Hey there SixPrizes! This past Sunday was the first of 3 Battle Roads I plan on attending this Battle Roads season. Originally, I was thinking I would save my reports as a triple report at the end. However, I think I’ve learned my lesson from my last article, that sometimes splitting things up over multiple articles is more digestable than cramming everything into one big article.
The tournament took place in Surrey BC, which is essentially Vancouver BC, site of Worlds 2013. As such, interest in the TCG around our area has gone way, way up. I remember the first Battle Roads I went to last season in August was around 28 Masters. But on Sunday September 9th, 73 Masters flooded the Central Surrey Shopping Centre to play the Pokémon TCG.
Well, as per usual, we in Victoria took the 7 AM ferry over to Vancouver, and pulled in pretty early. The Victoria crew this time around consisted of our usual Masters and Junior (now Senior), joined by the Seniors World Champion (getting his first taste of Masters), a couple new masters, and a couple friends who hadn’t played in a while. What’s more is that this first Battle Roads I decided to run a pet deck of mine I’d been perfecting and toying with since early June.
In HS-on format, I built myself a Vileplume UD/Sunflora HS/Accelgor DEX/Chandelure NVI deck before Chandy became cool. I never jumped on the Mew bandwagon (though I would say Mew was probably better overall), but I came up with the deck myself, and had a pretty competent build by the end.
Entering BLW-on, Empoleon/Accelgor was my new pet-deck, and I was pretty satisfied with both my list, and the synergy of the concept as a whole. I knew that I would be running Empoleon/Accelgor at my first Battle Roads this year back in June, and I followed through with that. Here’s the list I took the Battle Roads:
Pokémon – 20
Trainers – 30
Energy – 10
There were a few late additions and changes I made to the deck from what I’d been testing. First and foremost, I took my own advice and decided I just needed consistency, and the power to change the flow of a matchup. This led to me going with a pure build (no techs or Blend Energies etc…) and the addition of a 4th Pokémon Catcher. This 4th Catcher was by far the best addition to the deck I could have made, giving me the ability to Deck and Cover what I wanted, when I wanted, as many times as I needed.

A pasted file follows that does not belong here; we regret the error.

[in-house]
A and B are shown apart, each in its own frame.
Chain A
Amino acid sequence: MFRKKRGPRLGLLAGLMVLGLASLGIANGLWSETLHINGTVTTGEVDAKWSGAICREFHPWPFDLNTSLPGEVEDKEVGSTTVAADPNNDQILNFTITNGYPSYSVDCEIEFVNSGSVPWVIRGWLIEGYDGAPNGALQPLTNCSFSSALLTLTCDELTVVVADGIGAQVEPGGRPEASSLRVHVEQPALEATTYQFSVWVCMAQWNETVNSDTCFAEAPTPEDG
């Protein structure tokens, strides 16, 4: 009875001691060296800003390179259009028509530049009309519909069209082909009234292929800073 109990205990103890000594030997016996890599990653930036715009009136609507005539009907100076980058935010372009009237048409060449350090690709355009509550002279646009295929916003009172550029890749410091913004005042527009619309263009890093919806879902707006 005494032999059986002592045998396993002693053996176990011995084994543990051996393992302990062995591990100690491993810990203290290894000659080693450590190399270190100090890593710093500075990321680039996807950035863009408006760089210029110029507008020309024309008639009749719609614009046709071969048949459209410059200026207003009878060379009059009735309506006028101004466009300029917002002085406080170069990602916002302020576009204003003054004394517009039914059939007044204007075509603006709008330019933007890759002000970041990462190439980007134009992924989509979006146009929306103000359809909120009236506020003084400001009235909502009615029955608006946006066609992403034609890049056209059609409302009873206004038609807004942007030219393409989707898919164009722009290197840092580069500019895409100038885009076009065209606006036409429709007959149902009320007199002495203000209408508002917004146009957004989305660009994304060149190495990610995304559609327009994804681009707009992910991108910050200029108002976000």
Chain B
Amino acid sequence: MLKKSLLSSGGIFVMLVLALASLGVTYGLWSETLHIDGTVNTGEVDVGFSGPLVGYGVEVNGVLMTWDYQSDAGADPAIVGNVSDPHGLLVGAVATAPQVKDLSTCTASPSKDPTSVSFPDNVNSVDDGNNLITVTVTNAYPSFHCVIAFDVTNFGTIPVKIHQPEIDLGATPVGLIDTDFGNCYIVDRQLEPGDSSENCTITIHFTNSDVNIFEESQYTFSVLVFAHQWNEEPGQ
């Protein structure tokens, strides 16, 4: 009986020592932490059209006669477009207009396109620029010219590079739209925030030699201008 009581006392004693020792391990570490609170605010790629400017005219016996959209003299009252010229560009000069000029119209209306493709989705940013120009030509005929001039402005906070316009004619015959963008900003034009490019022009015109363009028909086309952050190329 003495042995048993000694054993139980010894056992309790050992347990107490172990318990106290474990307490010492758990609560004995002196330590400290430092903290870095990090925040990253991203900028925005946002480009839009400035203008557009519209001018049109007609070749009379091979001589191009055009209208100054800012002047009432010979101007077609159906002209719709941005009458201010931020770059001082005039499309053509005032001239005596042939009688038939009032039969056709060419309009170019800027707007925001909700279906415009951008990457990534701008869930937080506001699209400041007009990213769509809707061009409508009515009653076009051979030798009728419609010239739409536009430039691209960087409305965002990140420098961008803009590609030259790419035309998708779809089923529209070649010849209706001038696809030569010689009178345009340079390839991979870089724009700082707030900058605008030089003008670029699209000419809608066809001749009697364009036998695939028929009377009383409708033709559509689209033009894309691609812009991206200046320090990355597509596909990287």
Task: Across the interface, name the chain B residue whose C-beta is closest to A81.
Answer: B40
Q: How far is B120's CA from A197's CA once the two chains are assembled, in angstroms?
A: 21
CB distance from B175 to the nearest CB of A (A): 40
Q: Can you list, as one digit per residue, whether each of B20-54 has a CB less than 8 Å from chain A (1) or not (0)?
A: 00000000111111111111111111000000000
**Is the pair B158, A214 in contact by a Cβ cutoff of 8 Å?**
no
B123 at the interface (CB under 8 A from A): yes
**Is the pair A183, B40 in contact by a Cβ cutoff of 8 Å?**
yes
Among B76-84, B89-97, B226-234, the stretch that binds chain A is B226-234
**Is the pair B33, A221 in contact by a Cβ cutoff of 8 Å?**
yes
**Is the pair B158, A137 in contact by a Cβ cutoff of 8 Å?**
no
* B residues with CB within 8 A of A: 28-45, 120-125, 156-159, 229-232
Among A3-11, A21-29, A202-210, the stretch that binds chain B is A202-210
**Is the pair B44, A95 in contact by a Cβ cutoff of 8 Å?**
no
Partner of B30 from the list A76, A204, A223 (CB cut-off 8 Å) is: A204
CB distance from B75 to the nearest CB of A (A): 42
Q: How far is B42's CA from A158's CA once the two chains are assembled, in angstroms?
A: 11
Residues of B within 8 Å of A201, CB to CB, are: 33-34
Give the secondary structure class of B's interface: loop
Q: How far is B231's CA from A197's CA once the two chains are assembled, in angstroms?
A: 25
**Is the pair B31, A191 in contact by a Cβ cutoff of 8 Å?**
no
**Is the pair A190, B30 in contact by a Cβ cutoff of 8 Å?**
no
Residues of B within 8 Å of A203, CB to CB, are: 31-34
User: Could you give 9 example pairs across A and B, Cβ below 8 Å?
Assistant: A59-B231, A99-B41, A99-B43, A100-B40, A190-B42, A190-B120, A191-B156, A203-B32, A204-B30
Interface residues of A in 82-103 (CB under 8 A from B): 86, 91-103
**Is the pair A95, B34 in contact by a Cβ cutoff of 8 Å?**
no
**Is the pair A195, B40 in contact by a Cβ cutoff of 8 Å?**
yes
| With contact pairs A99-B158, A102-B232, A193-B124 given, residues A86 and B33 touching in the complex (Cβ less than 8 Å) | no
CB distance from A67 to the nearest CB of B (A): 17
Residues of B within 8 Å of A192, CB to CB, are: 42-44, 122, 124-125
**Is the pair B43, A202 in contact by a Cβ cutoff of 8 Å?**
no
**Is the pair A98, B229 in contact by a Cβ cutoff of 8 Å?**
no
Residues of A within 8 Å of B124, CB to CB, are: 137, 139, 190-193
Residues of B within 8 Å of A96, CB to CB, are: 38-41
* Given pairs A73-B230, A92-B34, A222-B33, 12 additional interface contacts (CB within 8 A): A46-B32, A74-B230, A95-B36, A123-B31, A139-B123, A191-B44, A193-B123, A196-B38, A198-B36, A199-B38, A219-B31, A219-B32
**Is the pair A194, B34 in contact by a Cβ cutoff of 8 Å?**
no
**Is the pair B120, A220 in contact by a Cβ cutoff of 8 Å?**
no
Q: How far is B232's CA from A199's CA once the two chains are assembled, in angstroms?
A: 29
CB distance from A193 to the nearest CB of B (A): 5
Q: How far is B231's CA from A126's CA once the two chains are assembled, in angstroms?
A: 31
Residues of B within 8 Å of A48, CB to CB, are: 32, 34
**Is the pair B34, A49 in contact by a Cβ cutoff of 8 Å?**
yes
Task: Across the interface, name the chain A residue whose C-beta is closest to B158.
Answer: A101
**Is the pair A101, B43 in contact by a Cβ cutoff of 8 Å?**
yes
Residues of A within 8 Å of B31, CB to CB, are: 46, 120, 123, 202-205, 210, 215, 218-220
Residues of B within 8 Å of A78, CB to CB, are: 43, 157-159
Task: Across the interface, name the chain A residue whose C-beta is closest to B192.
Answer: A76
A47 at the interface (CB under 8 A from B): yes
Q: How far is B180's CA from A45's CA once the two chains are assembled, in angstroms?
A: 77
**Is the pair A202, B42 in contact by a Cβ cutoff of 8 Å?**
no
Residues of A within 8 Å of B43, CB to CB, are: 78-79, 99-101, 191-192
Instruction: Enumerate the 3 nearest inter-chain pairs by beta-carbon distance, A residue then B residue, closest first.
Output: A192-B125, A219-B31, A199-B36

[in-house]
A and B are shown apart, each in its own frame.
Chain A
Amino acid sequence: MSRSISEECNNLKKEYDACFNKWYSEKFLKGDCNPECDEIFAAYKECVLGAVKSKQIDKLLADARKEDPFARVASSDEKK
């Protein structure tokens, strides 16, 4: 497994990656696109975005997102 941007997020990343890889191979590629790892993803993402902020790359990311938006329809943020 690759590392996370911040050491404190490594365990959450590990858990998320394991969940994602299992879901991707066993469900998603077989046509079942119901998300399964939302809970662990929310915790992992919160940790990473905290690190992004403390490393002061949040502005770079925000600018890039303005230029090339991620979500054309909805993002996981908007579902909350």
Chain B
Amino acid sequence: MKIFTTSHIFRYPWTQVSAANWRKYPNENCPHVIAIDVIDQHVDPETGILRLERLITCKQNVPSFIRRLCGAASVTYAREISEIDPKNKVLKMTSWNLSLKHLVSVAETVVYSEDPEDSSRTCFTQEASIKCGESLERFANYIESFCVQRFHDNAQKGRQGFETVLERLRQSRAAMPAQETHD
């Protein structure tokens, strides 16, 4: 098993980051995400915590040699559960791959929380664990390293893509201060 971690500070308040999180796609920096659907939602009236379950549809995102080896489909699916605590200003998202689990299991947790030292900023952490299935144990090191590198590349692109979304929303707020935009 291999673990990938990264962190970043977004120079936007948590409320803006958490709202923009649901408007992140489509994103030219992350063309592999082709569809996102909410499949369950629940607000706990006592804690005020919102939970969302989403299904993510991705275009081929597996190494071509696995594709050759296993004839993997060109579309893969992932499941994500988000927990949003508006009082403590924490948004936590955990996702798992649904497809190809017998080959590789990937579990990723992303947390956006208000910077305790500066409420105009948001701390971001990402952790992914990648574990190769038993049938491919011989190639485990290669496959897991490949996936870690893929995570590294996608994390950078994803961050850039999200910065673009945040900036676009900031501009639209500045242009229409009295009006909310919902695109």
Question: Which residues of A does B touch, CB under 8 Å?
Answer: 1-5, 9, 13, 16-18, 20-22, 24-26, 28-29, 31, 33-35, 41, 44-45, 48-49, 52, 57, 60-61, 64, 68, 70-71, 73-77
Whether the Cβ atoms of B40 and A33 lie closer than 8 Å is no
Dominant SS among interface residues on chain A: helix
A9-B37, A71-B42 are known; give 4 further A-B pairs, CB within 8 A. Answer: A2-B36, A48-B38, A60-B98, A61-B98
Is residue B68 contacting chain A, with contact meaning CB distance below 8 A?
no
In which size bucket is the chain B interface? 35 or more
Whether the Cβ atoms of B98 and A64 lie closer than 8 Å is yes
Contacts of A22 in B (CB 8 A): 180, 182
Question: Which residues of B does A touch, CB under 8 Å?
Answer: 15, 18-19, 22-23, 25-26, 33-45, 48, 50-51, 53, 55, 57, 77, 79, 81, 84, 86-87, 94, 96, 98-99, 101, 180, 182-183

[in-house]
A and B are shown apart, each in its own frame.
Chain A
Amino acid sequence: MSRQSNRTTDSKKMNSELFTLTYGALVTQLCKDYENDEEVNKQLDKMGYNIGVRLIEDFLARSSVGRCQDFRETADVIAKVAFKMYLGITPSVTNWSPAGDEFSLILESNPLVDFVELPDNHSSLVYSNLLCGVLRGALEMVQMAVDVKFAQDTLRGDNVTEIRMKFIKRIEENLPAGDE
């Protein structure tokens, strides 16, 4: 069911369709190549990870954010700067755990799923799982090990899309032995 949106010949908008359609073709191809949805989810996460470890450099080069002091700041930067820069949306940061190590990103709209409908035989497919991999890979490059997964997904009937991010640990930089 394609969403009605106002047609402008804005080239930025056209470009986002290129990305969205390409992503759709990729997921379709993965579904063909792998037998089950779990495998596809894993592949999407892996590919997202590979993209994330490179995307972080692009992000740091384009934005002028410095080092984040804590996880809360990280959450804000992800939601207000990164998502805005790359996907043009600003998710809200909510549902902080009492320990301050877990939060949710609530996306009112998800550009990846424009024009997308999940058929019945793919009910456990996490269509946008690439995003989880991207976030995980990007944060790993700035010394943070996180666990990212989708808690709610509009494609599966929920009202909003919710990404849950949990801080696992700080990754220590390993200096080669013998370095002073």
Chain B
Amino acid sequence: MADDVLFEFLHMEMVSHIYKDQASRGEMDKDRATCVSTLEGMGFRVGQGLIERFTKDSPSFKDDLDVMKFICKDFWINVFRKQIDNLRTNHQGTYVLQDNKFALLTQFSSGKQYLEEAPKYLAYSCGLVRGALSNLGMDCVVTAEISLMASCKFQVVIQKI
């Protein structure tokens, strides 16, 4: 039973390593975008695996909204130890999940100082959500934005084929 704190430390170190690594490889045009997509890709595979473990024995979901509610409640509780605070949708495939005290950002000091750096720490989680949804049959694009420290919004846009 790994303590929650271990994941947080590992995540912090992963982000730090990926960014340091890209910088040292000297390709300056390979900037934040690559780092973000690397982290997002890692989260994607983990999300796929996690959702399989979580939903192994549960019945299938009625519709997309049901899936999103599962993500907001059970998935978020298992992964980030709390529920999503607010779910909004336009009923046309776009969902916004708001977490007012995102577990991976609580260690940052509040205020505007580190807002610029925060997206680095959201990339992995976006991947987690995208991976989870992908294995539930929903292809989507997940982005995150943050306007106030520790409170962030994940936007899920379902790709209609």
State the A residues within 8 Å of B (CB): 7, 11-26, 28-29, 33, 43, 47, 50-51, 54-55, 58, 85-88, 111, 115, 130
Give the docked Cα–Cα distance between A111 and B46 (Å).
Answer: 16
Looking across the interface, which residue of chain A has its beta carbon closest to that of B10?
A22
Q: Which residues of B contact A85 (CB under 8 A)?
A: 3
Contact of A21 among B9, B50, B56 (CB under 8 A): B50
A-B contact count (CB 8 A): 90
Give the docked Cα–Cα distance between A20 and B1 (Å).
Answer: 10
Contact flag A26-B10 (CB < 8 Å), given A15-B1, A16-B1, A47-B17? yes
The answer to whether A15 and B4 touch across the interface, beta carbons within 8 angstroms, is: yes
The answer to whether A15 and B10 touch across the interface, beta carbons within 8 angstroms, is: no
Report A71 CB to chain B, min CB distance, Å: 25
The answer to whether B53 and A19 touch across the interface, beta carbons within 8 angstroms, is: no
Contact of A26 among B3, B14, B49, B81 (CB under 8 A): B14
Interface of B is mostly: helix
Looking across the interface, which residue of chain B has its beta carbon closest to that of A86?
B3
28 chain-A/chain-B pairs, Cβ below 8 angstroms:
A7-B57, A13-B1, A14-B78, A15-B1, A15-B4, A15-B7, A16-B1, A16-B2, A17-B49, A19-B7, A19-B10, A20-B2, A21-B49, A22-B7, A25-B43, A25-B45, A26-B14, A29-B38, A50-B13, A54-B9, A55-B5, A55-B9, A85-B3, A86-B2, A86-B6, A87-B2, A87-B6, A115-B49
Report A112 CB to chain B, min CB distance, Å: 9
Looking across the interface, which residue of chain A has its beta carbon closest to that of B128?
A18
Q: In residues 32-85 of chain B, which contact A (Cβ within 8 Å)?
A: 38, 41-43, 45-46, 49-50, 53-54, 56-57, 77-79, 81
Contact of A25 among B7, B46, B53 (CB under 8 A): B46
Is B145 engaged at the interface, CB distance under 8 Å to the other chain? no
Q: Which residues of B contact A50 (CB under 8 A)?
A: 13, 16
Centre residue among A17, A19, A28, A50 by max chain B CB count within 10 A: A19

The great thing about Accelgor + Catcher is that against a deck like Darkrai/Hydreigon, you can easily choose the 6 Prizes you take by Catchering appropriate Deck and Cover targets when you want. 2 Darkrais and 2 non-EX prizes is all it takes, which is easy enough to come by.
If you did know about this deck concept from me before, and are curious about some of the changes, and why I might have posted/run one list and not the other, then feel free to ask in the comments below.
So, without further ado, tournament report:
Round 1 – Simon with Garbodor/Terrakion/Zebstrika
Holy crap was this game amazing. When he started Blitzle I was quivering in my boots. Zebstrika’s Disconnect will 1HKO my Piplups and Prinplups, while 2HKO’ing my Empoleons, and it all starts as early as T2. Then when he benched a Garbodor, things got serious. He was going for the ultimate lock, and my deck was probably the most vulnerable deck out there to be downed by it.
I supported my lower draw Supporter count using Diving Draw, which Garbodor robbed me of. And then Zebstrika… 80 damage is a respectable amount to deal while Item locking your opponent. I managed to KO the first Zebstrika using a combination of Deck and Cover and a Prinplup Razor Wing for 20 damage. Simon benched Terrakions in response, which I made short work of. However, though I lead the prize exchange, he was never too far behind.
One particularly amazing play Simon made to put himself right back in the game was to give up all his attached Lightning Energy to catcher and KO my last Empoleon with Lightning Crash (for Weakness). This lead to a series of N’s played by the both of us, where we N’d each other to 1 card MULTIPLE times. I honestly think N was played 4-5 times during this exchange. I was looking for an Energy and so was he. In the end, I managed to get a Cheren, and an Energy off of the Cheren for game.